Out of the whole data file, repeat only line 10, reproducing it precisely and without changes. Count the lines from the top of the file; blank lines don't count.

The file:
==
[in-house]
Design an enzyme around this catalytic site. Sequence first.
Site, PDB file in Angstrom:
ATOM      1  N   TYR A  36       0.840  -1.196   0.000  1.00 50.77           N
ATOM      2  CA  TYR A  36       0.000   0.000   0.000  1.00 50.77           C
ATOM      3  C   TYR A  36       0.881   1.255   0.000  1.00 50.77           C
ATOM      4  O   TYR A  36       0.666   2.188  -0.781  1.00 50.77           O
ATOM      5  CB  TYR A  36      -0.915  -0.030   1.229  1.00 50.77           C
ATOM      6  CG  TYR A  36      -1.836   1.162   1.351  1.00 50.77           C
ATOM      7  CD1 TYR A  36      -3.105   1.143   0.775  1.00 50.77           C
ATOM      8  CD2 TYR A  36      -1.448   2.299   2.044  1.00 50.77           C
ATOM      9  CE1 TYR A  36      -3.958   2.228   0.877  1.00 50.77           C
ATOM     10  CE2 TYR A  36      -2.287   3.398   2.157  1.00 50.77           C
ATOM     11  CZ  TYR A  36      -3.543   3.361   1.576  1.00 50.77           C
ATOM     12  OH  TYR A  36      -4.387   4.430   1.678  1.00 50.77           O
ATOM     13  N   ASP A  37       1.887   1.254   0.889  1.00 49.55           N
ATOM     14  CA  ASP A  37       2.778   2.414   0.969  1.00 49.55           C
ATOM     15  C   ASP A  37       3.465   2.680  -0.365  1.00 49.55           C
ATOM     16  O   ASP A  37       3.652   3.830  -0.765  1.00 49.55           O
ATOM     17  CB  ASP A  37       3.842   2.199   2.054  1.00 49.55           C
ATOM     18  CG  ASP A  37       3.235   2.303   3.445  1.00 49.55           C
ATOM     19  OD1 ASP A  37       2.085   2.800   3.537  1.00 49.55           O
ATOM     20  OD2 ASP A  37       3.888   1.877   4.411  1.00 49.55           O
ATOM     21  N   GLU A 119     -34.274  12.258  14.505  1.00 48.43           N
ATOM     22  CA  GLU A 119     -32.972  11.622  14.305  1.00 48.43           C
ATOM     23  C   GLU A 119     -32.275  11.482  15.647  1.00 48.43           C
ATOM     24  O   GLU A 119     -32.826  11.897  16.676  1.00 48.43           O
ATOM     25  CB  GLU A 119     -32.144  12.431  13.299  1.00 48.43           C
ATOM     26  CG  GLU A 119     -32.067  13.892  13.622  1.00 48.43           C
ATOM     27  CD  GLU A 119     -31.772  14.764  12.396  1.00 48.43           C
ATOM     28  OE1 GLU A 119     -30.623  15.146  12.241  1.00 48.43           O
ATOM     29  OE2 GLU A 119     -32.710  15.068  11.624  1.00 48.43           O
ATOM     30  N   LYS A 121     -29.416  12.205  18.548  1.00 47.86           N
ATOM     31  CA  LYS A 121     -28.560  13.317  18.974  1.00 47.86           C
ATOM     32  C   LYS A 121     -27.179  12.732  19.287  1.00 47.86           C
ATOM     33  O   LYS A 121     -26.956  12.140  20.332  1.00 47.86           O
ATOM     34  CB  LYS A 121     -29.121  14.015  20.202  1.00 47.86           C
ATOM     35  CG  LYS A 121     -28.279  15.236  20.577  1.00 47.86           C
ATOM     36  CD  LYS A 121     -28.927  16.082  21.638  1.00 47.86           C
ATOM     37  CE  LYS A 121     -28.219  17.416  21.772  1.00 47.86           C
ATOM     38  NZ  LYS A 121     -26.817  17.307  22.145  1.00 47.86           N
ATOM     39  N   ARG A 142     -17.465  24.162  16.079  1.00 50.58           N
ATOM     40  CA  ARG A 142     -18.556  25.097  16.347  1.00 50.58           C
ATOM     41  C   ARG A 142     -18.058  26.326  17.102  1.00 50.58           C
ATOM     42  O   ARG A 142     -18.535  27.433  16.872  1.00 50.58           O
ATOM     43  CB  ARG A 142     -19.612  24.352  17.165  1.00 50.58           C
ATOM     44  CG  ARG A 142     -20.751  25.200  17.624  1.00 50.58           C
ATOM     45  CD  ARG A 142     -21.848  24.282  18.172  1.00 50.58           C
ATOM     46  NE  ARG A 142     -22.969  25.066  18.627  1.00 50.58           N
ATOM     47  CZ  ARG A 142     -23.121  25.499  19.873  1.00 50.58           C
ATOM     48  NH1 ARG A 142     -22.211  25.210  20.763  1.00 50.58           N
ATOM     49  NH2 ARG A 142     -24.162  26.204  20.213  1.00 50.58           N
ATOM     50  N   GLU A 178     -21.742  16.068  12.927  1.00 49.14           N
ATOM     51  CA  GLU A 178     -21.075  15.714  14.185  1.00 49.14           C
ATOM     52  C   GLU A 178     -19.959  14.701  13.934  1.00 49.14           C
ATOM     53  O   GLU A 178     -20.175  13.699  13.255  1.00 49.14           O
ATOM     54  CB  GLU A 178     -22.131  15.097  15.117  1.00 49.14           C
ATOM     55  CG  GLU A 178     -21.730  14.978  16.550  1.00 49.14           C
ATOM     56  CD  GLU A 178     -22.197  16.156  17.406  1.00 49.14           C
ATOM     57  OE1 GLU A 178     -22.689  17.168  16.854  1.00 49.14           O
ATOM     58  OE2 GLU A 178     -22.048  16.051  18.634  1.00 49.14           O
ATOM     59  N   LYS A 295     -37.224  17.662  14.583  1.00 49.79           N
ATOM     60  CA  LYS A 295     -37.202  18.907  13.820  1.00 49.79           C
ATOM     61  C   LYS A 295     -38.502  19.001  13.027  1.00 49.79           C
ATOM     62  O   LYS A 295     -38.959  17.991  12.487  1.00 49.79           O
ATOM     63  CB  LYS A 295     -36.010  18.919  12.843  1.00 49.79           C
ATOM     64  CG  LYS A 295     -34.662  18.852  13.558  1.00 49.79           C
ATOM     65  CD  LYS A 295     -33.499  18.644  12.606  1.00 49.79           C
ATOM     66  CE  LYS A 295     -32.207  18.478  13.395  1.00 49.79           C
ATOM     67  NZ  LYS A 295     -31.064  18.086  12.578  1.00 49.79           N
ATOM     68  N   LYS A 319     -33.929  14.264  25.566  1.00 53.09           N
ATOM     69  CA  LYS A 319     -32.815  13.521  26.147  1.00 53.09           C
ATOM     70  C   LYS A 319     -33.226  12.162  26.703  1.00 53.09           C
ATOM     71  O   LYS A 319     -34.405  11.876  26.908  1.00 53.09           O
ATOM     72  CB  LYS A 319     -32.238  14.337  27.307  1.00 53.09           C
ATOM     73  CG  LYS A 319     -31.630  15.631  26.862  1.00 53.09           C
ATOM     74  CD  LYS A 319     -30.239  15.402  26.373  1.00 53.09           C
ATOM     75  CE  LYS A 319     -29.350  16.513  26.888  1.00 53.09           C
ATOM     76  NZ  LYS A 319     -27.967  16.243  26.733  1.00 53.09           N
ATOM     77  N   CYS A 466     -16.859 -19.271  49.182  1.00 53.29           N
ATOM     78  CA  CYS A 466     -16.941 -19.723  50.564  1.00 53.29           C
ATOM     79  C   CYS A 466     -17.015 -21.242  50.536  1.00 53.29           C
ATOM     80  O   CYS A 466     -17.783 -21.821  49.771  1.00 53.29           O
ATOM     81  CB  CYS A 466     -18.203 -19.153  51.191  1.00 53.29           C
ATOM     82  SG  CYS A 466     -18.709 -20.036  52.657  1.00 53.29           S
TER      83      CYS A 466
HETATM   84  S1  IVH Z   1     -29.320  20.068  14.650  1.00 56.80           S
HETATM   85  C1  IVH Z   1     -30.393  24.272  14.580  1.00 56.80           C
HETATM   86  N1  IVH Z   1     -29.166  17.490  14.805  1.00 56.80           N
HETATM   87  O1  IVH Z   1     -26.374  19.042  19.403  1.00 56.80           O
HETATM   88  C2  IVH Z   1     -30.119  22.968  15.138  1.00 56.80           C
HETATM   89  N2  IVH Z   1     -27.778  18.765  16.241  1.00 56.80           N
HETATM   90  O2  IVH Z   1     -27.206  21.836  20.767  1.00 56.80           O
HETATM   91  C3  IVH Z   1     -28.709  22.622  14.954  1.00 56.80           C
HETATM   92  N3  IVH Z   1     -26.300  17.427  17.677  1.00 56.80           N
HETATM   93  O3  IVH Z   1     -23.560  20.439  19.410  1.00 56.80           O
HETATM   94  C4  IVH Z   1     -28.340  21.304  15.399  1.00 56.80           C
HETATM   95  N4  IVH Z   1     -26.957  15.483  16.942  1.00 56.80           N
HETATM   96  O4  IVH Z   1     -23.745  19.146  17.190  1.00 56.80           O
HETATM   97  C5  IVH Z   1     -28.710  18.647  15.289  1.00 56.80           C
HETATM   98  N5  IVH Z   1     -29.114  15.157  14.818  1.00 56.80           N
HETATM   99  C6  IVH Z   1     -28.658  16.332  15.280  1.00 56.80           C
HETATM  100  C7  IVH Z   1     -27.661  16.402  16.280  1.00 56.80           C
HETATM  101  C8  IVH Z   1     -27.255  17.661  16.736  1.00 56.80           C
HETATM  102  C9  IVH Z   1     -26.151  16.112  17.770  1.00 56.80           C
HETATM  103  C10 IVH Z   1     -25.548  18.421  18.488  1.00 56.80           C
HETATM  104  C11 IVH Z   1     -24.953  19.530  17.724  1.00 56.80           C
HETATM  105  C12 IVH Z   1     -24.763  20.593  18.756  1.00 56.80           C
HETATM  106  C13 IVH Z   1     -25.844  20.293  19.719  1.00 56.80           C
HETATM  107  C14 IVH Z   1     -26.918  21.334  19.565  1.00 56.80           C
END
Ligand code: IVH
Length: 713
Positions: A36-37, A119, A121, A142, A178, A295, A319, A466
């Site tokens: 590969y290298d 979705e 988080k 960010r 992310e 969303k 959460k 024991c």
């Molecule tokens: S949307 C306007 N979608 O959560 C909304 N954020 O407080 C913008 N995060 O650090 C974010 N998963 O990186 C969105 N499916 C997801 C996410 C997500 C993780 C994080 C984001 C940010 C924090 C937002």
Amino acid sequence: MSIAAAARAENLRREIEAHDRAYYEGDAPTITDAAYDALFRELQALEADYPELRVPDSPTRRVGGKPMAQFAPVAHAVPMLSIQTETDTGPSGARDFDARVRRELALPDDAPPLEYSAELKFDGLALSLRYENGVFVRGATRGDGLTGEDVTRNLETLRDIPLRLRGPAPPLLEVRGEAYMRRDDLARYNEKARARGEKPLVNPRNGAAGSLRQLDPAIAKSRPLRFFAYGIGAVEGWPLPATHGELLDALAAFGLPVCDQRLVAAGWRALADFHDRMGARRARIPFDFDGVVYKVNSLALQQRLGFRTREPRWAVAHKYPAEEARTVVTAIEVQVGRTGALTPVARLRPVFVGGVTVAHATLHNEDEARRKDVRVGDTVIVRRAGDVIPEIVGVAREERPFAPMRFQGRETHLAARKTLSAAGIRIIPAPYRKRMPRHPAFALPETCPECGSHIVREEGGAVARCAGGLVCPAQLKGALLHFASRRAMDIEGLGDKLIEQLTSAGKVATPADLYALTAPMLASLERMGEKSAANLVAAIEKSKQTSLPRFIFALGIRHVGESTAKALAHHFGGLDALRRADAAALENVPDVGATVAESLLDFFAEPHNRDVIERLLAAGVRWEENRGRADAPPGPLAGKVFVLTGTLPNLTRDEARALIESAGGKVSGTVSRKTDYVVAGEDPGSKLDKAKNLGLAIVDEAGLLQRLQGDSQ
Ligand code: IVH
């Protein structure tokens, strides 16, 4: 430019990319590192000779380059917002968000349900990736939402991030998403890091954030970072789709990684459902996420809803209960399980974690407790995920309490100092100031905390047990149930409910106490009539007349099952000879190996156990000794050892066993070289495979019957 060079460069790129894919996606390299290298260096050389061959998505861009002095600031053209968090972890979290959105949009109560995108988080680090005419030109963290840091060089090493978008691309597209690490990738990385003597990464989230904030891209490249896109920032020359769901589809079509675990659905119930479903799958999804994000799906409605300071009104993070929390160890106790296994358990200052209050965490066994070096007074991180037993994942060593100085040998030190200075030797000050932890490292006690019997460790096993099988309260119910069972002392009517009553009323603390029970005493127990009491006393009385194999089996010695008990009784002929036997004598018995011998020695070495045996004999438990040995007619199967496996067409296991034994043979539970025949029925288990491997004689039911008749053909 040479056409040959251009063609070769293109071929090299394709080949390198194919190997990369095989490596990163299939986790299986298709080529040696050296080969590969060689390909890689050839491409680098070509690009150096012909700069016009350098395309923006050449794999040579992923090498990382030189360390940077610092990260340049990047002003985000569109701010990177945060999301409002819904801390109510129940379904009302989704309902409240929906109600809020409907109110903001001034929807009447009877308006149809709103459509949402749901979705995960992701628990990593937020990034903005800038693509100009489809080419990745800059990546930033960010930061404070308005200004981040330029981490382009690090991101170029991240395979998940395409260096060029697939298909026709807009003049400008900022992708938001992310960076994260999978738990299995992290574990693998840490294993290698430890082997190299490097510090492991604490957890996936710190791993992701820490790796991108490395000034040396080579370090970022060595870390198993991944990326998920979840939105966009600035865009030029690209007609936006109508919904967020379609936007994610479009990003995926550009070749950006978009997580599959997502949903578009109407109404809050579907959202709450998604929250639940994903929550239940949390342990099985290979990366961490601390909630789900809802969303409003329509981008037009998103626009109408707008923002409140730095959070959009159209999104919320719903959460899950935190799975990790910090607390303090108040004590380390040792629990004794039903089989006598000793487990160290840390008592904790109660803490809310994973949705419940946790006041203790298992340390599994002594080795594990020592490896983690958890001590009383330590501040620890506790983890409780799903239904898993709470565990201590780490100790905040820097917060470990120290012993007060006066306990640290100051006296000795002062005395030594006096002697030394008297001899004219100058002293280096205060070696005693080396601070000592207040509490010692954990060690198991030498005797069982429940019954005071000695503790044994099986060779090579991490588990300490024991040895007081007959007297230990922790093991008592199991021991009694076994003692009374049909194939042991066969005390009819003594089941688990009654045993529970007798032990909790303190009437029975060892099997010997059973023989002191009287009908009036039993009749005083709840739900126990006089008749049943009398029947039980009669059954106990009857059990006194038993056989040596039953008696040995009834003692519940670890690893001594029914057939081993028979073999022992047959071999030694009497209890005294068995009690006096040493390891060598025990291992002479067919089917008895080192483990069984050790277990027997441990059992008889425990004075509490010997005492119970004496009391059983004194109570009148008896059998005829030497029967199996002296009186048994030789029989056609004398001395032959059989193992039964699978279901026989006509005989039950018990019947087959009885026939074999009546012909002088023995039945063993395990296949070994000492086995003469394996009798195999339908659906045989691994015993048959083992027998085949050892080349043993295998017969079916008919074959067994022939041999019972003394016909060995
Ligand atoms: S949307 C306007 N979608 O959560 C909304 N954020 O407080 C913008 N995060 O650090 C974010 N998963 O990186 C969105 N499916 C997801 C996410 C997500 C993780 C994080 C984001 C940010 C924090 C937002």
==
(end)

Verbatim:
ATOM      7  CD1 TYR A  36      -3.105   1.143   0.775  1.00 50.77           C